Coaching isn’t simply teaching players how to play together as a well-oiled machine. At the collegiate level, coaching involves wining and dining recruits, parents, alumni and pleasing a fan base that is more fickle than the Kansas weather.
Coaching involves fundraising so the program can grow bigger and better.
A successful coach probably has earned the equivalent of degrees in psychology and communications. A coach needs to understand the minds of 18-to-22-year-olds while also knowing how to communicate effectively with sports reporters.
In reality, very few coaches have the whole package. Winning helps mask deficiencies, but no one wins them all. And if you win, the expectations become even more unrealistic. When you don’t win enough, you are ripe for criticism at best, and fired at worst.
Naturally, coaches like to see positive stories in the media about their teams. Conversely, they are very sensitive about anything that might be construed as criticism.
Of course, if you believe coaches, seldom do they read the paper or watch TV. How many times have you heard a coach say, “I never read the paper,” or “I don’t pay attention to sports-talk shows.” Yeah, right. But, somehow they have a sense of what’s said or written about them.… ESP perhaps?
Last month we saw what happens when a coach doesn’t like something in print. Oklahoma State football coach Mike Gundy directed a post-game rant at a columnist for questioning the character of one of his players.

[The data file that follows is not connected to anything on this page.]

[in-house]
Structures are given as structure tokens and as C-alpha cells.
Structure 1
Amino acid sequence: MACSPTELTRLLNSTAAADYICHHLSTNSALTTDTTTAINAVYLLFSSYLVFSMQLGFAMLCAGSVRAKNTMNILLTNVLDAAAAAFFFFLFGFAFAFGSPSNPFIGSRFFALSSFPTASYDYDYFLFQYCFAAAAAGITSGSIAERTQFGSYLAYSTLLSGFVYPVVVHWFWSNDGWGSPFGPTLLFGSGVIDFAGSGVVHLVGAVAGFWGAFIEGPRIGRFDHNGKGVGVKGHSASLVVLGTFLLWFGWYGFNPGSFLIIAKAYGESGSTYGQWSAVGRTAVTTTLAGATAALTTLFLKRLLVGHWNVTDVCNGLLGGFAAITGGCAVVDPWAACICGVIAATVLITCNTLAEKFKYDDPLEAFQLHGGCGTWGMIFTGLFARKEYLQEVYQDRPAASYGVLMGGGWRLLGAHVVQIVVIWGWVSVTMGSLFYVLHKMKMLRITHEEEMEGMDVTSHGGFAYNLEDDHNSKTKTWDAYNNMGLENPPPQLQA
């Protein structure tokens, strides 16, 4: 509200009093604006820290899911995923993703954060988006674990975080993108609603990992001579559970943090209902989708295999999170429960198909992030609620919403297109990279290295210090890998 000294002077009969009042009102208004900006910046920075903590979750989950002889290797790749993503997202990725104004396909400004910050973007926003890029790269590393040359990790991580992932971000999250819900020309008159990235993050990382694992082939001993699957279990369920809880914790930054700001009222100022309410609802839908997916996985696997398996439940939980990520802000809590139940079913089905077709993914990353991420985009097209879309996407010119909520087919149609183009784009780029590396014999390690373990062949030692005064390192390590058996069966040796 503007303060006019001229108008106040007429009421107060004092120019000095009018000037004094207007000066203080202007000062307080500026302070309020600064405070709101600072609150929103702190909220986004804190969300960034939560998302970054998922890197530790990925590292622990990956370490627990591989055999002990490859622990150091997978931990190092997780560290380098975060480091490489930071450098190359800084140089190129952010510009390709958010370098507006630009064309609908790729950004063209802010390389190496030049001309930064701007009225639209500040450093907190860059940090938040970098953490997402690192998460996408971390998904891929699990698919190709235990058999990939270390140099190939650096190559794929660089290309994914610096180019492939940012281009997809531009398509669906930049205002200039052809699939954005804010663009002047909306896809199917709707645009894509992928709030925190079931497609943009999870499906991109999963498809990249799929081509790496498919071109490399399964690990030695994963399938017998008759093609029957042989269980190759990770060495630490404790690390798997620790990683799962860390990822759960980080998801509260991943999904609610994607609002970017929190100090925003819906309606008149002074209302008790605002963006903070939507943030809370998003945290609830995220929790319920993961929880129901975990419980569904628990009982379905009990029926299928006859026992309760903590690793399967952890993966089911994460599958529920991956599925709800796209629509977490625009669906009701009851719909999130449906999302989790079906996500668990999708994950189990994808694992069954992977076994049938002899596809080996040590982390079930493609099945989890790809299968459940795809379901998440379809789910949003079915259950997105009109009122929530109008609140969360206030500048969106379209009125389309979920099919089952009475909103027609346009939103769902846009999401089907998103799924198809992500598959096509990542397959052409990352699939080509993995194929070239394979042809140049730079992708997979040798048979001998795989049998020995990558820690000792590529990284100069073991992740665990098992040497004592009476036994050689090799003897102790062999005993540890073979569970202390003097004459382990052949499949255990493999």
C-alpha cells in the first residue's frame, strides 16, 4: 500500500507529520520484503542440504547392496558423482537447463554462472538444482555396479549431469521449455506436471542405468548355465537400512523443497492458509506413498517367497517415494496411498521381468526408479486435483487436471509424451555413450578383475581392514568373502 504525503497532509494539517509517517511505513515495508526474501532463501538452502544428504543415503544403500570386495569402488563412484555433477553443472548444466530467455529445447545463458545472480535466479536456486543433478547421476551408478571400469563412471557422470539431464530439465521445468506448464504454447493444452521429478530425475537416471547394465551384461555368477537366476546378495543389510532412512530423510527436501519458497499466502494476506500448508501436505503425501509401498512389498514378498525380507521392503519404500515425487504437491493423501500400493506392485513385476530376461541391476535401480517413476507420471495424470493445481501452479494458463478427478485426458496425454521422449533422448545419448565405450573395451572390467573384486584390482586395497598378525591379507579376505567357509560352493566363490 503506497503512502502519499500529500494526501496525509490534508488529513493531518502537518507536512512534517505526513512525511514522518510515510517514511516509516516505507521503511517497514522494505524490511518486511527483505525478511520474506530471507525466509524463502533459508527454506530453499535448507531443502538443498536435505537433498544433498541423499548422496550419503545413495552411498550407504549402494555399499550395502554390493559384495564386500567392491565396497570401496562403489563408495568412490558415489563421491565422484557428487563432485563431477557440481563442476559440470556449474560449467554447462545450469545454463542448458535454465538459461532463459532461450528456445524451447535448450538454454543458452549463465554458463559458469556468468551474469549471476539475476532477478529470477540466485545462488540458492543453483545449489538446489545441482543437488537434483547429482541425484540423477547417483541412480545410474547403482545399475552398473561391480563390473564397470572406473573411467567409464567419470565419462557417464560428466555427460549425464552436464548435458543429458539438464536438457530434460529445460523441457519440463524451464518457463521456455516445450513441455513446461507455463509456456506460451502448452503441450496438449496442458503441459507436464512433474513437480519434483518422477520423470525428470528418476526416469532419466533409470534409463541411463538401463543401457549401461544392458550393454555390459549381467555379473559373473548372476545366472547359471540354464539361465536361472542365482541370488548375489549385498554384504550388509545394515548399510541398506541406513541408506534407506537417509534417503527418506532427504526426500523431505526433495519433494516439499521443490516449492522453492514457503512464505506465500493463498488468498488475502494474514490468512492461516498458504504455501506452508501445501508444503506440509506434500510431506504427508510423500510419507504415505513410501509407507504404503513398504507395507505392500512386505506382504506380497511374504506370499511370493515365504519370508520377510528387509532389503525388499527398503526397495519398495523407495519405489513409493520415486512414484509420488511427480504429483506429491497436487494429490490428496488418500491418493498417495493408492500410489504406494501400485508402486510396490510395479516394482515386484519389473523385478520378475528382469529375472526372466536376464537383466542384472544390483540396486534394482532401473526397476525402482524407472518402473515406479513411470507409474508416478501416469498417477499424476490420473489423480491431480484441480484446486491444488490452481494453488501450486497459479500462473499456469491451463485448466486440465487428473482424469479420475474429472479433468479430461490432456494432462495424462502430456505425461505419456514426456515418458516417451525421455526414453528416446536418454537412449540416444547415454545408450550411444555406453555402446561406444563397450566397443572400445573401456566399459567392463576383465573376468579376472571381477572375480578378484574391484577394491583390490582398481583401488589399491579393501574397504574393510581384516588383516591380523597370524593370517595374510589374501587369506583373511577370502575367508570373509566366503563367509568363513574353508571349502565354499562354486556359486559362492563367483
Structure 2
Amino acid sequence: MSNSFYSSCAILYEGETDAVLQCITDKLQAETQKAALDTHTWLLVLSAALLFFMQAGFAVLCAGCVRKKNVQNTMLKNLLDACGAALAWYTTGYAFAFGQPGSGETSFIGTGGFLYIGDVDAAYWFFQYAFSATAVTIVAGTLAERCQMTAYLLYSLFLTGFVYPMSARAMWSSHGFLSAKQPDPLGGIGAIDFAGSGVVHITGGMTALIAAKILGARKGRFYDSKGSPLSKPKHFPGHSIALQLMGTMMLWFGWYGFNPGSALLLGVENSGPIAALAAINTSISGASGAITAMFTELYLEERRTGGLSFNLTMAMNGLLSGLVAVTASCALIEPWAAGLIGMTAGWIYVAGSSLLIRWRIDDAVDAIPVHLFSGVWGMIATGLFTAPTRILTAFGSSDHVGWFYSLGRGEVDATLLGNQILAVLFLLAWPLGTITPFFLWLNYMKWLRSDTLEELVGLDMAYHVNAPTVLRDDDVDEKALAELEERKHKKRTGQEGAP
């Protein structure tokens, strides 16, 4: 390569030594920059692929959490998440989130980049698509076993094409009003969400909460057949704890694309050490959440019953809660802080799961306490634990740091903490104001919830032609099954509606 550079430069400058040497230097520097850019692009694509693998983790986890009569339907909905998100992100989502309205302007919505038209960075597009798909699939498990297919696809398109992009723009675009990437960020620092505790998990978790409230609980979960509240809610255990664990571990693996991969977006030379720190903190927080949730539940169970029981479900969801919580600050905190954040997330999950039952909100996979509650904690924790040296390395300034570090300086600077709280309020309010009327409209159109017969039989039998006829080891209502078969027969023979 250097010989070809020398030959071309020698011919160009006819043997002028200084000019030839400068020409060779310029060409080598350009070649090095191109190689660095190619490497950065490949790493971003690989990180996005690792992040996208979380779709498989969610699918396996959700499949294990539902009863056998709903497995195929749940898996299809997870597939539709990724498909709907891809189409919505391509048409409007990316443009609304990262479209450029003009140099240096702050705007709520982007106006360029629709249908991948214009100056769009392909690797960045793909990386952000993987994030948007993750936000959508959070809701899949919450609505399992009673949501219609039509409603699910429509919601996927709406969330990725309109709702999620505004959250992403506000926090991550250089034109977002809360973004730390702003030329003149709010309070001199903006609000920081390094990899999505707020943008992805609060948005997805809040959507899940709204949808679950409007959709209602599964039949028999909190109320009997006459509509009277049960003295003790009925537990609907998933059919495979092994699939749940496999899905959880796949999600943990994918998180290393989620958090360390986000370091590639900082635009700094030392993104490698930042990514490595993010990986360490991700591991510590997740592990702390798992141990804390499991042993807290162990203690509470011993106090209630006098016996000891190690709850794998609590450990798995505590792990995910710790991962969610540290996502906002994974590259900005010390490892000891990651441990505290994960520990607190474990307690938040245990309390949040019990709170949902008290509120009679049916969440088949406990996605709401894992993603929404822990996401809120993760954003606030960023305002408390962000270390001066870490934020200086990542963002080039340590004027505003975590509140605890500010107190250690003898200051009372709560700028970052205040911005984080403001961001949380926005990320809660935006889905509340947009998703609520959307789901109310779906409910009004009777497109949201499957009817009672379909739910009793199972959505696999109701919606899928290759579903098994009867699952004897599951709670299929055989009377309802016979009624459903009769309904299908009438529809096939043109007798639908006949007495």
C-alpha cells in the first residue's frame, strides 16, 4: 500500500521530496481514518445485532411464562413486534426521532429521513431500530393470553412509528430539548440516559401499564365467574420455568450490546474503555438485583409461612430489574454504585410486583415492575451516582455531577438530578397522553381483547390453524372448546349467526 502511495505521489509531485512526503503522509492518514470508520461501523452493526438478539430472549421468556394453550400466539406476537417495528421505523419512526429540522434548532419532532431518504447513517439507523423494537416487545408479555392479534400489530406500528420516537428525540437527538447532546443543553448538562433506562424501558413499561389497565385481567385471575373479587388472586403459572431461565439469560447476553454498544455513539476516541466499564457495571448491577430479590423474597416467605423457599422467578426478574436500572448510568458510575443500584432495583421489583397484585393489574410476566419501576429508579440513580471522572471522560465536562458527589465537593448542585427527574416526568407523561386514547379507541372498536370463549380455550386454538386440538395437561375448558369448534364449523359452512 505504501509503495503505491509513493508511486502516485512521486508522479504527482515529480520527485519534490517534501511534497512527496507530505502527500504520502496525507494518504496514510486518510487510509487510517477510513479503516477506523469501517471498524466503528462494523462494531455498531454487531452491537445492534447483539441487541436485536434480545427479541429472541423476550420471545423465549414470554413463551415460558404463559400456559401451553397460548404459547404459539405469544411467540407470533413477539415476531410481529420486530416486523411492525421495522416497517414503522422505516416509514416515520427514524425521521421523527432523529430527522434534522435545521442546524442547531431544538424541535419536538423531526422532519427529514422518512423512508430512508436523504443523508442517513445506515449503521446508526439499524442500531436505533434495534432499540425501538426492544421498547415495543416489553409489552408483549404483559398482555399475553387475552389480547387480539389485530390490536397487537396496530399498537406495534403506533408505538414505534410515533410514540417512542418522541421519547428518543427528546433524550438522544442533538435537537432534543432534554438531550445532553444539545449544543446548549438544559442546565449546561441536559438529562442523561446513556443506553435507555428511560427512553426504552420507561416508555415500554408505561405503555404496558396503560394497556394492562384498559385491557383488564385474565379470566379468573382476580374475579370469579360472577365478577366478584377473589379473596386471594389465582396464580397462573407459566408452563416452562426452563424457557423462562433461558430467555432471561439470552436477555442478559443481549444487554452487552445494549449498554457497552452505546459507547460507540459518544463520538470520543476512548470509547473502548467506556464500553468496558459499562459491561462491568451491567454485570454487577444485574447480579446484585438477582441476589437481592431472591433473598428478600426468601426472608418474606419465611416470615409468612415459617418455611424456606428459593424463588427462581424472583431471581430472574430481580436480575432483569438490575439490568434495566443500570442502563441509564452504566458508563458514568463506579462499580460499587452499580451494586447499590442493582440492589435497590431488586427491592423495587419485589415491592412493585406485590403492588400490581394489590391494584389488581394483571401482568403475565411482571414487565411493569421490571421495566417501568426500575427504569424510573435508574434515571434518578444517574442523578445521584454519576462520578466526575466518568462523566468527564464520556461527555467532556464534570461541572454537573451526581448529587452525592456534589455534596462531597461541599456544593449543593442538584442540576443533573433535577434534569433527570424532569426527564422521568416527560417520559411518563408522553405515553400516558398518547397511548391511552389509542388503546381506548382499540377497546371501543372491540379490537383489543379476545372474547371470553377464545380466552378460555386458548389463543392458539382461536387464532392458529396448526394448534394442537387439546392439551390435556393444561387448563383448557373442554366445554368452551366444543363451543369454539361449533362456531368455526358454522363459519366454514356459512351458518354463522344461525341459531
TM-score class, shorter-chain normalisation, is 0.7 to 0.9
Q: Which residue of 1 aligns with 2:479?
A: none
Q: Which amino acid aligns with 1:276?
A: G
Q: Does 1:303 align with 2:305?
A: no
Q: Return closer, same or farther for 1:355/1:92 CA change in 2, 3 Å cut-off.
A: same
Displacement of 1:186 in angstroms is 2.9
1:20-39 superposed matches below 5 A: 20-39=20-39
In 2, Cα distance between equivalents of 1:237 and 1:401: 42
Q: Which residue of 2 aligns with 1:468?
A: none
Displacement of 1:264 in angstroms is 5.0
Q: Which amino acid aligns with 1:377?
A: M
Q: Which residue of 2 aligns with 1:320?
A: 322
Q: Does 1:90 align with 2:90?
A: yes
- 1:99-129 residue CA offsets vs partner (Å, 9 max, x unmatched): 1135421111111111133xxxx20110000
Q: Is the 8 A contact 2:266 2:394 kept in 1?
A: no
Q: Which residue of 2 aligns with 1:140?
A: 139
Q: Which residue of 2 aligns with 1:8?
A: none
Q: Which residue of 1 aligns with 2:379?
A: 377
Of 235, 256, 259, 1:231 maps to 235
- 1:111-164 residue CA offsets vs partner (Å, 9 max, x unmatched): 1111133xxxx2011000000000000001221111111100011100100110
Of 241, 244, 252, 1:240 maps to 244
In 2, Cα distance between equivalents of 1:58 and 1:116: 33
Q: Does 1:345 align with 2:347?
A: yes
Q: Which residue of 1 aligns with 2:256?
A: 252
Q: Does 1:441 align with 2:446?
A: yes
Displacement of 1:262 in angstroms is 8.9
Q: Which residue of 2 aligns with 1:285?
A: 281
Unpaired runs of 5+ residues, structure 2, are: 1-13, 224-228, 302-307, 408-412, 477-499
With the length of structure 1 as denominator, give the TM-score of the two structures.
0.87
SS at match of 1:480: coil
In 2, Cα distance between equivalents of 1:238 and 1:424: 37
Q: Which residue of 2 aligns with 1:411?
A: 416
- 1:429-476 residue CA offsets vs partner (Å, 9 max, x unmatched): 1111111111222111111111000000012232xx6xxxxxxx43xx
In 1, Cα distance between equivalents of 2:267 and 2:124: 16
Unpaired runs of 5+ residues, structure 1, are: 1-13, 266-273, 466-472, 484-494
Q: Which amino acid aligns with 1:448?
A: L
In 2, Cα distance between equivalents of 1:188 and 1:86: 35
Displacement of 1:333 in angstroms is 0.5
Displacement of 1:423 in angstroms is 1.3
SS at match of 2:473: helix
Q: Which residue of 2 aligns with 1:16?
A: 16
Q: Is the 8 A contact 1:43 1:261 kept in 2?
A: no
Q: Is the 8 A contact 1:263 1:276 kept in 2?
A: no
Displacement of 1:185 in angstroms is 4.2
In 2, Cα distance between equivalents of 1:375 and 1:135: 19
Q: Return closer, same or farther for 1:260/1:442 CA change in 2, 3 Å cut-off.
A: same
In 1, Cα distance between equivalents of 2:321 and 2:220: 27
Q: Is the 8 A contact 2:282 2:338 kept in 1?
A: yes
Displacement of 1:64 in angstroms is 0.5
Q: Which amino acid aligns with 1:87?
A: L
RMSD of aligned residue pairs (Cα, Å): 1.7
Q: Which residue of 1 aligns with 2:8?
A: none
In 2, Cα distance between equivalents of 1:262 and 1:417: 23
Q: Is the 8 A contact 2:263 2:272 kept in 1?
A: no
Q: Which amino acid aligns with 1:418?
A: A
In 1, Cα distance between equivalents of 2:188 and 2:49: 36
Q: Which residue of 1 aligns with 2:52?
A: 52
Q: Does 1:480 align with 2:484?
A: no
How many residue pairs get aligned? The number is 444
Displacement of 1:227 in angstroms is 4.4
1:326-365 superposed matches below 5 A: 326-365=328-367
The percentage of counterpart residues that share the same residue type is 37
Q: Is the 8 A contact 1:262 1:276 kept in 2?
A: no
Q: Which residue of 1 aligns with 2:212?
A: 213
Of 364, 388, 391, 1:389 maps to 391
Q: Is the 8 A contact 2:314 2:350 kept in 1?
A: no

The tongue-lashing was surprising for two reasons—it immediately followed an OSU victory, and it was free of any expletives. Many big-time coaches who are upset and speak passionately can’t do so without uttering some expletives.
While Gundy’s method can be debated, he raised some good questions. Many people would agree with him that the reporter crossed the line by commenting on a student-athlete’s character. Never mind that coaches often privately question the toughness or character of their student-athletes. Fans do the same, but it’s not in print.
Criticism doesn’t play well with coaches whether it’s New York City or Hillsboro. In fact, it may be harder to take in small cities like Hillsboro, where it seems that everyone knows each other.
If I’ve learned anything during the years I’ve written a sports column, it’s how sensitive people can be about anything they interpret as being less than 100 percent supportive.
At the major college level, coaches earn the big bucks because society is nuts about sports. The fanaticism of fans has resulted in 24-hour sports cable stations, 24-hour sports talk shows on radio stations and multiple sports magazines.
All of that publicity is both a blessing and a curse. The public appetite for sports is what enables coaches to earn fame and fortune, but it comes with a price—their programs and student-athletes are under more scrutiny than ever before.
Every embarrassing rant or tantrum is seen on television or YouTube. No coach can afford to become unhinged in public nowadays without some repercussions.
To be fair, it’s not surprising that coaches make some fiery comments after emotional games. The adrenaline is flowing and frustrations are boiling.
Perhaps it would help if coaches followed their own advice. They tell student-athletes, “Keep your cool in the heat of battle. Play hard, but smart. Don’t let the opposition provoke you.”
Coaches expect student-athletes to control their tempers, only to throw temper tantrums that would make a 4-year-old proud.
The bottom line is that coaches have every right to express themselves, just as columnists do. Of course, they would be wise to remember that for every action, there’s a reaction.